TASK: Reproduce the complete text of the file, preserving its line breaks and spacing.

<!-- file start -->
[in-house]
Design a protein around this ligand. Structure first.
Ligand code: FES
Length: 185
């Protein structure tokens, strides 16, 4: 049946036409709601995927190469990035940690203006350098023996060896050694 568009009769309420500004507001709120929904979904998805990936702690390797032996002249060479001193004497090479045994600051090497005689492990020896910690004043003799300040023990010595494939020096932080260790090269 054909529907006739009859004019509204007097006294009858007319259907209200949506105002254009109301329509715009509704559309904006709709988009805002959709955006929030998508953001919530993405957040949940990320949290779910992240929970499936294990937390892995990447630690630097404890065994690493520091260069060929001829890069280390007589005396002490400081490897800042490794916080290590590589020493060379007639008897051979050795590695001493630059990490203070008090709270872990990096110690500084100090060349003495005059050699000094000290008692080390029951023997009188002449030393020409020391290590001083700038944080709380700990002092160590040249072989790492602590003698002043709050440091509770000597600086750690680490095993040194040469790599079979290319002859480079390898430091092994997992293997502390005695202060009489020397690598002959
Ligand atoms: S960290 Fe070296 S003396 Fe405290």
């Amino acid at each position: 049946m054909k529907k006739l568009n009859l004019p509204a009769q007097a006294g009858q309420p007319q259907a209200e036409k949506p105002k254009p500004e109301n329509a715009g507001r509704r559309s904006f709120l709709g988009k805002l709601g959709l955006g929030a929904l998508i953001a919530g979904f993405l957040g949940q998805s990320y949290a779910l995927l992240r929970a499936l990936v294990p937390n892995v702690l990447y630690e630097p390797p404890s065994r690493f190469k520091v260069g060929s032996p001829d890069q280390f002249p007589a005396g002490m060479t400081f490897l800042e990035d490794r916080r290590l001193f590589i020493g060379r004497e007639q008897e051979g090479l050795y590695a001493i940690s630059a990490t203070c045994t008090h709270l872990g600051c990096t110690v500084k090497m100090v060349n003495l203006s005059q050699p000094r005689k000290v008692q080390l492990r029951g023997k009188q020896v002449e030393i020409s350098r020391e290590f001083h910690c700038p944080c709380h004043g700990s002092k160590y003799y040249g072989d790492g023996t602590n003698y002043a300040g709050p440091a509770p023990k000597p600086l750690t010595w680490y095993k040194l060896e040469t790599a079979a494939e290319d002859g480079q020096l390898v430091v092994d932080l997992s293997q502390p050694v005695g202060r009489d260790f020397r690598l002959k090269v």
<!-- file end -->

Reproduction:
[in-house]
Design a protein around this ligand. Structure first.
Ligand code: FES
Length: 185
């Protein structure tokens, strides 16, 4: 049946036409709601995927190469990035940690203006350098023996060896050694 568009009769309420500004507001709120929904979904998805990936702690390797032996002249060479001193004497090479045994600051090497005689492990020896910690004043003799300040023990010595494939020096932080260790090269 054909529907006739009859004019509204007097006294009858007319259907209200949506105002254009109301329509715009509704559309904006709709988009805002959709955006929030998508953001919530993405957040949940990320949290779910992240929970499936294990937390892995990447630690630097404890065994690493520091260069060929001829890069280390007589005396002490400081490897800042490794916080290590590589020493060379007639008897051979050795590695001493630059990490203070008090709270872990990096110690500084100090060349003495005059050699000094000290008692080390029951023997009188002449030393020409020391290590001083700038944080709380700990002092160590040249072989790492602590003698002043709050440091509770000597600086750690680490095993040194040469790599079979290319002859480079390898430091092994997992293997502390005695202060009489020397690598002959
Ligand atoms: S960290 Fe070296 S003396 Fe405290």
């Amino acid at each position: 049946m054909k529907k006739l568009n009859l004019p509204a009769q007097a006294g009858q309420p007319q259907a209200e036409k949506p105002k254009p500004e109301n329509a715009g507001r509704r559309s904006f709120l709709g988009k805002l709601g959709l955006g929030a929904l998508i953001a919530g979904f993405l957040g949940q998805s990320y949290a779910l995927l992240r929970a499936l990936v294990p937390n892995v702690l990447y630690e630097p390797p404890s065994r690493f190469k520091v260069g060929s032996p001829d890069q280390f002249p007589a005396g002490m060479t400081f490897l800042e990035d490794r916080r290590l001193f590589i020493g060379r004497e007639q008897e051979g090479l050795y590695a001493i940690s630059a990490t203070c045994t008090h709270l872990g600051c990096t110690v500084k090497m100090v060349n003495l203006s005059q050699p000094r005689k000290v008692q080390l492990r029951g023997k009188q020896v002449e030393i020409s350098r020391e290590f001083h910690c700038p944080c709380h004043g700990s002092k160590y003799y040249g072989d790492g023996t602590n003698y002043a300040g709050p440091a509770p023990k000597p600086l750690t010595w680490y095993k040194l060896e040469t790599a079979a494939e290319d002859g480079q020096l390898v430091v092994d932080l997992s293997q502390p050694v005695g202060r009489d260790f020397r690598l002959k090269v």